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The 91st Academy Awards was a night of upsets and a night of predicted winners. “Green Book,” a film based on the true story of a road trip through the Deep South in the 1960s by a white and a black man, took home the best picture prize. In an even bigger upset, Olivia Colman received the Oscar for best actress for “The Favourite,” beating Glenn Close (“The Wife”). Close now holds the record for number of times nominated as an actress without a win, seven. Colman proceeded to deliver the most amusing acceptance speech of the evening. First-time nominee Rami Malek was crowned best actor for his swaggering bravura as Queen frontman Freddie Mercury. It is the performance of a man inhabited by a drunken god.
Most prognosticators expected several roads to lead “Roma” last night, and the film won for director, cinematography and foreign language film. But it did not become the first foreign-language film to win best picture as expected. It was also a big night for “Bohemian Rhapsody.” Notably, the band Queen opened the show live. To a rousing standing ovation at the Dolby Theater, Spike Lee received the first competitive Academy Award of his storied career for the adapted screenplay of “BlacKkKlansman,” the true story of a black man who infiltrated the Colorado Ku Klux Klan. Earlier on Regina King of “If Beale Street Could Talk” was named supporting actress as many had predicted for her performance as a fiercely devoted mother of a young pregnant daughter in the film based on a novel by the great James Baldwin. Obviously deeply moved, King thanked her mother in the audience and director Barry Jenkins. Mahershala Ali of “Green Book” picked up his second Oscar since 2017 for his impeccable turn as master musician Dr. Don Shirley, traveling in the Deep South in the company of a coarse, but jovial Italian-American bouncer in “Green Book.” Nominated for eight Oscars, “A Star Is Born” won only for original song. “Vice,” which had eight nominations, received the prize for Make Up and Hair.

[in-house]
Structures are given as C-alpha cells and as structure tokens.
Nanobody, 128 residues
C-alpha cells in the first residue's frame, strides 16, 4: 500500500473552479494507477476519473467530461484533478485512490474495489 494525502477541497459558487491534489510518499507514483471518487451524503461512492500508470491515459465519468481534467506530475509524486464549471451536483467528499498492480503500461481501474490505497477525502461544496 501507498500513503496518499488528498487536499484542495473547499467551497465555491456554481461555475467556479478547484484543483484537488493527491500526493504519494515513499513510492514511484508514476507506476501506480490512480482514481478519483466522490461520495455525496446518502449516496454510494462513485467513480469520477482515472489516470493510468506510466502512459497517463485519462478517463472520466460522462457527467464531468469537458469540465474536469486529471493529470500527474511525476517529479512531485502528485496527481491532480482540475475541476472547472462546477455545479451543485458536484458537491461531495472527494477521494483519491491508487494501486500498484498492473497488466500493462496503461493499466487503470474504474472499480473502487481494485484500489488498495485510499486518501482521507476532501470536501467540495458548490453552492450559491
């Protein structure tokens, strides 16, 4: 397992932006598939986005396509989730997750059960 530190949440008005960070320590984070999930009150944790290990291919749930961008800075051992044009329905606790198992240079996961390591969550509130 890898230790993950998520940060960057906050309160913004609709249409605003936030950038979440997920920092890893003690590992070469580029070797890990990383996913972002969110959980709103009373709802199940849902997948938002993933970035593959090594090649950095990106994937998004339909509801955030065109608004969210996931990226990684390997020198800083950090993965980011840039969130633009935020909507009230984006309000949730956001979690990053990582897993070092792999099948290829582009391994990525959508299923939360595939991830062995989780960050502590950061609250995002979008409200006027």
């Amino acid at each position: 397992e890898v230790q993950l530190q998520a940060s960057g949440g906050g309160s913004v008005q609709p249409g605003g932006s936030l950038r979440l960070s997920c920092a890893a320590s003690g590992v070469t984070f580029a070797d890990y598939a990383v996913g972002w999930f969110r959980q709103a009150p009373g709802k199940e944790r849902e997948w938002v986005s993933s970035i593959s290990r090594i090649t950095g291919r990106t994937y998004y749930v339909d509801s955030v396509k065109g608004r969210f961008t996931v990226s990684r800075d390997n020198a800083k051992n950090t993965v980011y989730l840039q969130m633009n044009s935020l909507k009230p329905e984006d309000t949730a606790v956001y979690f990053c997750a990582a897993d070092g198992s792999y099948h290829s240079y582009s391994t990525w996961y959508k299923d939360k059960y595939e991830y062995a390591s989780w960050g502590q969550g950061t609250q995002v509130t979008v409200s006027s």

Springfield’s own Ruth E. Carter made Oscar history and became the first African-American to win an Academy Award for best costume, shouting out a thank you to her 97-year-old mother back in Massachusetts. Hannah Beachler of “Black Panther” became the first African-American to win for production design. “Black Panther” also took best score. This year’s four-time nominee Alfonso Cuaron (“Roma”) picked up his first award of the evening for cinematography. Cuaron is a previous winner of the best director prize for “Gravity” (2013), and won again in that category. Cuaron also collected the foreign-language prize for “Roma” as many had expected. His velvety, black-and-white film is a fictional memoir of a privileged, if turbulent Mexico City childhood graced most prominently by a maternal, indigenous maid named Cleo (Yalitza Aparicio, the first indigenous best actress nominee). “Bohemian Rhapsody,” the biopic of the band – Queen – quickly, if predictably scooped up the trophies for sound editing and sound mixing and later for editing. Its director Bryan Singer was notably absent from the winners’ acceptance speeches. In a rare loss for Pixar, the arguably hipper “Spider-Man Into the Spider-Verse” took the trophy for best animated film. Beating off Avengers, Star Wars and Steven Spielberg, Damien Chazelle’s “First Man” picked up the award for visual effects. In addition to the large number of African-American winners last night, winning women filmmakers seemed everywhere, and films with a racial them or angle dominated the ceremony. The win for “Green Book” is a rebuke to its detractors, who have dismissed the film as an out of touch “white savior” fable, which it is not. In addition to best picture and supporting actor, “Green Book” won for original screenplay.
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